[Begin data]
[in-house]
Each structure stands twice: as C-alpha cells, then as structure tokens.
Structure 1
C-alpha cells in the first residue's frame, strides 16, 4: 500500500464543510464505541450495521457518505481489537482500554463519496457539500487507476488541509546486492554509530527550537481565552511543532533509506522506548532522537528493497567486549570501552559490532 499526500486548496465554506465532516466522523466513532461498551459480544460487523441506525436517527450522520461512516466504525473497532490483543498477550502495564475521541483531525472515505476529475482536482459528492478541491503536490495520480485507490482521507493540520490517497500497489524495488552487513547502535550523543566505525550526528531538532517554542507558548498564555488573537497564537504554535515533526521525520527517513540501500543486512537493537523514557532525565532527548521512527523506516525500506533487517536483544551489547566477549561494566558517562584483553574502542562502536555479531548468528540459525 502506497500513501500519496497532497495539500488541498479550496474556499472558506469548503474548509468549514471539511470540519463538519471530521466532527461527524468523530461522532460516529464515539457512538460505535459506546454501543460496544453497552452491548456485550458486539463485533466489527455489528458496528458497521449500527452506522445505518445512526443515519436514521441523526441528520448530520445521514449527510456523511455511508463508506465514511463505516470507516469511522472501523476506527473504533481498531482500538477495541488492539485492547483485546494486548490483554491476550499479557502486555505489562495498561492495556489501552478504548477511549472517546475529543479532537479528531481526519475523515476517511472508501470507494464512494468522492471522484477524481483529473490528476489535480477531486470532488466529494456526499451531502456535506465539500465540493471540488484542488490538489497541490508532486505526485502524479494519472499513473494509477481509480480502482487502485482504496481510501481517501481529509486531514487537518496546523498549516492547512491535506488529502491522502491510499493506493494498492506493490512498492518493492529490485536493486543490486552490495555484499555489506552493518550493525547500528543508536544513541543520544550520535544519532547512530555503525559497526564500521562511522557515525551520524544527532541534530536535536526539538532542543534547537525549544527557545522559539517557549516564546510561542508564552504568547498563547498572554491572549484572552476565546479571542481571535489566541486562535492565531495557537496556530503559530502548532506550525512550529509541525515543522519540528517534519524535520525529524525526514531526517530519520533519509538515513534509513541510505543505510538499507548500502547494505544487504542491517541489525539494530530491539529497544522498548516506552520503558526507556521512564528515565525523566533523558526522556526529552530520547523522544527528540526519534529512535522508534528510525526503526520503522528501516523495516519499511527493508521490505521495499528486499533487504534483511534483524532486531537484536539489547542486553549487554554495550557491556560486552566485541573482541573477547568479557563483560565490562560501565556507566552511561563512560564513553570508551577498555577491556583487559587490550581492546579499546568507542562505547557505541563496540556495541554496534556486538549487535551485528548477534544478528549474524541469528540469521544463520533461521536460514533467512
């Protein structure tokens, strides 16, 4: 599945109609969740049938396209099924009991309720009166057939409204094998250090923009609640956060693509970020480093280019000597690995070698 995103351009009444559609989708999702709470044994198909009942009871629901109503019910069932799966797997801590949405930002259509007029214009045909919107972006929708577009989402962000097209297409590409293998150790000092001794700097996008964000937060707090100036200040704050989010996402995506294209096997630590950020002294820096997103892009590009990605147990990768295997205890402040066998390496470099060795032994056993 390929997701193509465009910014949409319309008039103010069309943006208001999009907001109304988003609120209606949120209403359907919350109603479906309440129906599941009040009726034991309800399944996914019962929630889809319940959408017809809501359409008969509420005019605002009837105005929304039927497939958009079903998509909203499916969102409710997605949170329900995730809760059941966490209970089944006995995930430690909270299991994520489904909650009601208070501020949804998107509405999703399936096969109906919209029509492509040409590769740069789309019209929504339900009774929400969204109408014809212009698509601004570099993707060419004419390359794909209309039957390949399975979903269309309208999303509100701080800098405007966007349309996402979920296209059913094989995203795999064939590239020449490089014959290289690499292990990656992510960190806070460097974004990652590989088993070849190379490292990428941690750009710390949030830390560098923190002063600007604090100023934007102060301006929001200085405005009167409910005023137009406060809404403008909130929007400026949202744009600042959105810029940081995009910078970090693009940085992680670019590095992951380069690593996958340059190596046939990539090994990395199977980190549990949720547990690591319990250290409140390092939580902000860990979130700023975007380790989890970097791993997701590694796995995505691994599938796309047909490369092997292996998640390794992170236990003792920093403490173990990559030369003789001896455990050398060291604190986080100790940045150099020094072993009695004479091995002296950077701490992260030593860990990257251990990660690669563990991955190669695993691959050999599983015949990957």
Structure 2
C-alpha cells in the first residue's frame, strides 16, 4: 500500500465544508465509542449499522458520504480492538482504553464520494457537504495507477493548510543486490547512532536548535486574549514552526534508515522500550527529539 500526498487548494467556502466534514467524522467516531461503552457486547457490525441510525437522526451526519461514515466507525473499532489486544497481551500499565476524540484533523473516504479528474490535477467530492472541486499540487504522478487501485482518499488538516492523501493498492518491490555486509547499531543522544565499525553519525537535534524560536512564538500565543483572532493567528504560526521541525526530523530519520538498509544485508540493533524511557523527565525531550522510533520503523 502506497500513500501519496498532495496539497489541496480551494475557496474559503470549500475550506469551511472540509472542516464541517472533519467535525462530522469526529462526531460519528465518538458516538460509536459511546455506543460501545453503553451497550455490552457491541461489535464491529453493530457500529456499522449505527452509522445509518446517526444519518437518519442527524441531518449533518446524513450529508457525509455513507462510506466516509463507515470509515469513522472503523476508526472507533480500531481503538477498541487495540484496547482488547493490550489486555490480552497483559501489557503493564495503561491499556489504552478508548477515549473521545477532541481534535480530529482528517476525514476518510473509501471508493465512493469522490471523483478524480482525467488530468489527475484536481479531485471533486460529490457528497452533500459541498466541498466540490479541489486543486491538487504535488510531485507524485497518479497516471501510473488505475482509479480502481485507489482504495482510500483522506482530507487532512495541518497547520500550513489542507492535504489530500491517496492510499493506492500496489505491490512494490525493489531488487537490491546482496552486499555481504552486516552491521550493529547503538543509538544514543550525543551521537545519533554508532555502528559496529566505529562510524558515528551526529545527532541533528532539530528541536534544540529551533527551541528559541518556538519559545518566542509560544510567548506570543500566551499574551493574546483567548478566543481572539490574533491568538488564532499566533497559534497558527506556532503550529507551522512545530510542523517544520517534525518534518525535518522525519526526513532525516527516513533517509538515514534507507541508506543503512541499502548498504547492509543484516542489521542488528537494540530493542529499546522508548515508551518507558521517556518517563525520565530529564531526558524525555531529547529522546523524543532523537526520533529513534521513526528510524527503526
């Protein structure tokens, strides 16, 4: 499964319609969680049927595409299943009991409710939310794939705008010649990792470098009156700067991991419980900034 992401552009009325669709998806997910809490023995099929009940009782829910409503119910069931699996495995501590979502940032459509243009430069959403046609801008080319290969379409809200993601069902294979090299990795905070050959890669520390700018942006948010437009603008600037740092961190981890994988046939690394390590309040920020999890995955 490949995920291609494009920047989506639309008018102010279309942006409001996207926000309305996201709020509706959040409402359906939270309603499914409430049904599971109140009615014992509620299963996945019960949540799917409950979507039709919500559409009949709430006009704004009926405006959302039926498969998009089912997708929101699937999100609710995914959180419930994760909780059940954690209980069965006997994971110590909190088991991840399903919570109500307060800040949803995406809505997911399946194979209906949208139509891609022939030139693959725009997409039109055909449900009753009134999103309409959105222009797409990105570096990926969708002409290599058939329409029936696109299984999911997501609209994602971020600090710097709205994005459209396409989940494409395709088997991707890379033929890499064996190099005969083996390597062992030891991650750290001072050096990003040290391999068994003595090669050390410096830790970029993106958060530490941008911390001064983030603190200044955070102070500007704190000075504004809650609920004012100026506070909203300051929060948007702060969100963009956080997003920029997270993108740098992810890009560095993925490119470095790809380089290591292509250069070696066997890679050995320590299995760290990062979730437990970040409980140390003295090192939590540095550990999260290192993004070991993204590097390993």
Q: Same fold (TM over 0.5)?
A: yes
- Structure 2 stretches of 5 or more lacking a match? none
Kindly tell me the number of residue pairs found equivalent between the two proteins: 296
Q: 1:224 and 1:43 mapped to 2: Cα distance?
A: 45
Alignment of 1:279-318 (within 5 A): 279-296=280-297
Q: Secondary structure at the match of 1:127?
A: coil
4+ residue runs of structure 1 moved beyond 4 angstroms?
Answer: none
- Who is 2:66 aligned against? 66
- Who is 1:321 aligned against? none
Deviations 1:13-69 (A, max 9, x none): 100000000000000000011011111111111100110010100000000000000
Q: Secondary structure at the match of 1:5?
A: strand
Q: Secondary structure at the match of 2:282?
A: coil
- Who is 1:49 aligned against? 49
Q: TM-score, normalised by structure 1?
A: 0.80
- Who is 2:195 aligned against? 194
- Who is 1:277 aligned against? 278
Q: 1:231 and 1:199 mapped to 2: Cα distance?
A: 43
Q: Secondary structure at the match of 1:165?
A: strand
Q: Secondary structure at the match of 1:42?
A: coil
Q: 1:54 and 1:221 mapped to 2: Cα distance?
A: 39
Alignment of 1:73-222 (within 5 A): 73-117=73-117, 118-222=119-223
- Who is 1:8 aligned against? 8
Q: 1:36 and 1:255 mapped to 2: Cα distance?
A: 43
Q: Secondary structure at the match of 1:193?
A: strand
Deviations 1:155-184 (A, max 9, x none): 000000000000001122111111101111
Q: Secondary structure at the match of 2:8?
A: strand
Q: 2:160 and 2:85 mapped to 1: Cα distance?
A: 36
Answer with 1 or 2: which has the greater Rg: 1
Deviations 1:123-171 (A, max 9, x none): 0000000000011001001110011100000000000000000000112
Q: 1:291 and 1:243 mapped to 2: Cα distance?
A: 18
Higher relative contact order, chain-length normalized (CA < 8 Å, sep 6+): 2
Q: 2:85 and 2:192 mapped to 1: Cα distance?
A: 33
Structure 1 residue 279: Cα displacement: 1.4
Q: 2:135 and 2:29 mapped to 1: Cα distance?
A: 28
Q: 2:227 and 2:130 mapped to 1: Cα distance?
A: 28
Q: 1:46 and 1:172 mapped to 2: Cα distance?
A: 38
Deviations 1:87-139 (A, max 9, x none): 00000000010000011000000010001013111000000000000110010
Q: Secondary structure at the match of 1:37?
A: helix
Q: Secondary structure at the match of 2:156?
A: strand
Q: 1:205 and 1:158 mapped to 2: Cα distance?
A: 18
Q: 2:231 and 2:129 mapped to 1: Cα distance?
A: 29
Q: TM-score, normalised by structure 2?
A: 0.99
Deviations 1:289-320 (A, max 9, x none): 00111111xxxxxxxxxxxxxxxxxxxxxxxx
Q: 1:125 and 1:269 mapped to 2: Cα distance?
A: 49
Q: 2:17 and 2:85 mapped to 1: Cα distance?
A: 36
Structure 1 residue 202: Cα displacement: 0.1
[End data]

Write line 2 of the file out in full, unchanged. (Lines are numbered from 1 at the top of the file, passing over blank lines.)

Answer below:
Each structure stands twice: as C-alpha cells, then as structure tokens.